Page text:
Walmart’s Project Gigaton targets emissions

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Initiative seeks to reduce greenhouse gases in supply chain

Walmart’s Project Gigaton targets emissions
BENTONVILLE, Ark. — Walmart on Wednesday launched an initiative to remove one gigaton of greenhouse gas emissions from its supply chain by 2030. The initiative, dubbed Project Gigaton, creates a sustainability platform for companies that share the goal of greenhouse gas reduction.

The initiative provides an emissions-reduction tool kit that helps suppliers commit to emission reduction or establish emission-reduction projects, Walmart said.

Elimination of a gigaton (1 billion tons) of greenhouse gases would be equivalent to removing more than 211 million passenger vehicles from U.S. roads for a year, according to Walmart.

“We are proud of the improvements we’ve made in reducing our own emissions, but we aim to do more. That’s why we’re working with our suppliers and others on Project Gigaton,” said Kathleen McLaughlin, senior vice president and chief sustainability officer for Walmart.

The company said that it is the first retailer with a verified science-based target emissions-reduction plan.

“Through the years, we’ve seen that integrating sustainable practices into our operations improves business performance, spurs technological innovation, inspires brand loyalty and boosts employee engagement,” said Laura Phillips, senior vice president for sustainability for Walmart. “Our suppliers recognize the opportunity to realize those same benefits in their businesses. By working together on such an ambitious goal, we can accelerate progress within our respective companies and deep in our shared supply chains.”

Walmart said it aims to meet the one-gigaton target by helping to reduce absolute Scope 1 [direct greenhouse gas] and Scope 2 [indirect greenhouse gas] emissions by 18% by 2025, and to work to reduce carbon dioxide equivalent emissions from upstream and downstream Scope 3 sources.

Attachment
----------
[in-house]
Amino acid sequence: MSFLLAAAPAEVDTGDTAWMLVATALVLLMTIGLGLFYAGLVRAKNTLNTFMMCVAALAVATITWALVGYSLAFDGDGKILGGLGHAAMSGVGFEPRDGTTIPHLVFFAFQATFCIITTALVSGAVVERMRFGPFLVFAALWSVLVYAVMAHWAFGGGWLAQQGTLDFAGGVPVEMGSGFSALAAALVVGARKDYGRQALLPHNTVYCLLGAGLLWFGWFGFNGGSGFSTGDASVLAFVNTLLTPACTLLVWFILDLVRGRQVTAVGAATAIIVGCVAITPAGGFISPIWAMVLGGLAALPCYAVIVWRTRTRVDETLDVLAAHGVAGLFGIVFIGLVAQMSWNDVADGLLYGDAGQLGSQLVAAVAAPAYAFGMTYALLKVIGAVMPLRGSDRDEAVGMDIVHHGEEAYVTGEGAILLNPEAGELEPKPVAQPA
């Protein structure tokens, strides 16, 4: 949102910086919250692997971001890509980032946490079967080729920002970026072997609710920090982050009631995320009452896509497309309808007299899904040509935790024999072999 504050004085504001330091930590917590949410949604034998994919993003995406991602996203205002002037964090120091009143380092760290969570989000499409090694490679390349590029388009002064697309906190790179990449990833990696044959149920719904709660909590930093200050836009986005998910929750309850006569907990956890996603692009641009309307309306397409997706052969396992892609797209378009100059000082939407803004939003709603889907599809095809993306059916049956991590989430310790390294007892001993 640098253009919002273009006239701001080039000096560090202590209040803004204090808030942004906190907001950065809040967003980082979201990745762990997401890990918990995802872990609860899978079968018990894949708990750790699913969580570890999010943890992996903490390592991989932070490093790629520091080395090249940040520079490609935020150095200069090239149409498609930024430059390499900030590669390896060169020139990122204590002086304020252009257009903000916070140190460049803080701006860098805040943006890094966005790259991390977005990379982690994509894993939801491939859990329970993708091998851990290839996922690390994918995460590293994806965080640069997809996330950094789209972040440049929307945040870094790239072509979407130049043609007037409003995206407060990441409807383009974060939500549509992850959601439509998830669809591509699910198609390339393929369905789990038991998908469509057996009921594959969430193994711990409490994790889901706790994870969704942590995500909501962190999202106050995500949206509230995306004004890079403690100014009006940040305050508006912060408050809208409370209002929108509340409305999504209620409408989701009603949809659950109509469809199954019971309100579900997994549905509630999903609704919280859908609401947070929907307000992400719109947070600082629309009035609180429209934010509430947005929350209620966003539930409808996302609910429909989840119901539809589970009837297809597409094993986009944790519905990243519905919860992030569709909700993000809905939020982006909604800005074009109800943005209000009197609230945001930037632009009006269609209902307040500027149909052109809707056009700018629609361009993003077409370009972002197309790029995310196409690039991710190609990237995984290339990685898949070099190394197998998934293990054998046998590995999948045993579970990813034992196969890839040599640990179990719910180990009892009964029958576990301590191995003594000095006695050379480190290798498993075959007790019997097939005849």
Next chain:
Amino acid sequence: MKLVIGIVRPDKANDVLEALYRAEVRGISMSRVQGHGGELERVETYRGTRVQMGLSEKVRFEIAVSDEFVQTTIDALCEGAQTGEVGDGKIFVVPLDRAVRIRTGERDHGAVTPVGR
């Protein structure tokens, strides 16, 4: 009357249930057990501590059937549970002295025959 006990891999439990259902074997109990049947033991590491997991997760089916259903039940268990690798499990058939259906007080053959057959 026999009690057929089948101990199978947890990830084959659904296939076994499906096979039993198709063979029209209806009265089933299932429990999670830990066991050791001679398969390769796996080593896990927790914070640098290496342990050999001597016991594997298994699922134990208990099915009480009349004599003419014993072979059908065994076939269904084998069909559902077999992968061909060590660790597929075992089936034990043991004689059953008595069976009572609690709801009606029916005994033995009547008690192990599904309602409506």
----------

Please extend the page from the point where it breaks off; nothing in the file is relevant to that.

In creating the emissions-reduction tool kit, Walmart collaborated with organizations including the World Wildlife Fund and the Environmental Defense Fund. Walmart sees its role as highlighting the business case for why suppliers should sign on to Project Gigaton.

“Supply chains are the new frontier of sustainability. The journey products take from source to shelf will collectively shape our planet’s future,” said Carter Roberts, president and chief executive officer for World Wildlife Fund. “Project Gigaton is a testament to the transformative impact that leaders of industry can have on our greatest common challenges. As more companies follow in the footsteps of Walmart and their suppliers, we can achieve the critical mass needed to address climate change. Today’s commitment represents an important step toward a safer and more prosperous future.”

Fred Krupp, president of the Environmental Defense Fund, said, “A challenge like Project Gigaton will catalyze leadership and innovative solutions around the globe. Forward-looking companies like Walmart, and the suppliers that will join them, know that our economy and our planet can — and must — thrive together. Consumers deserve both, and these businesses are leading the way.”



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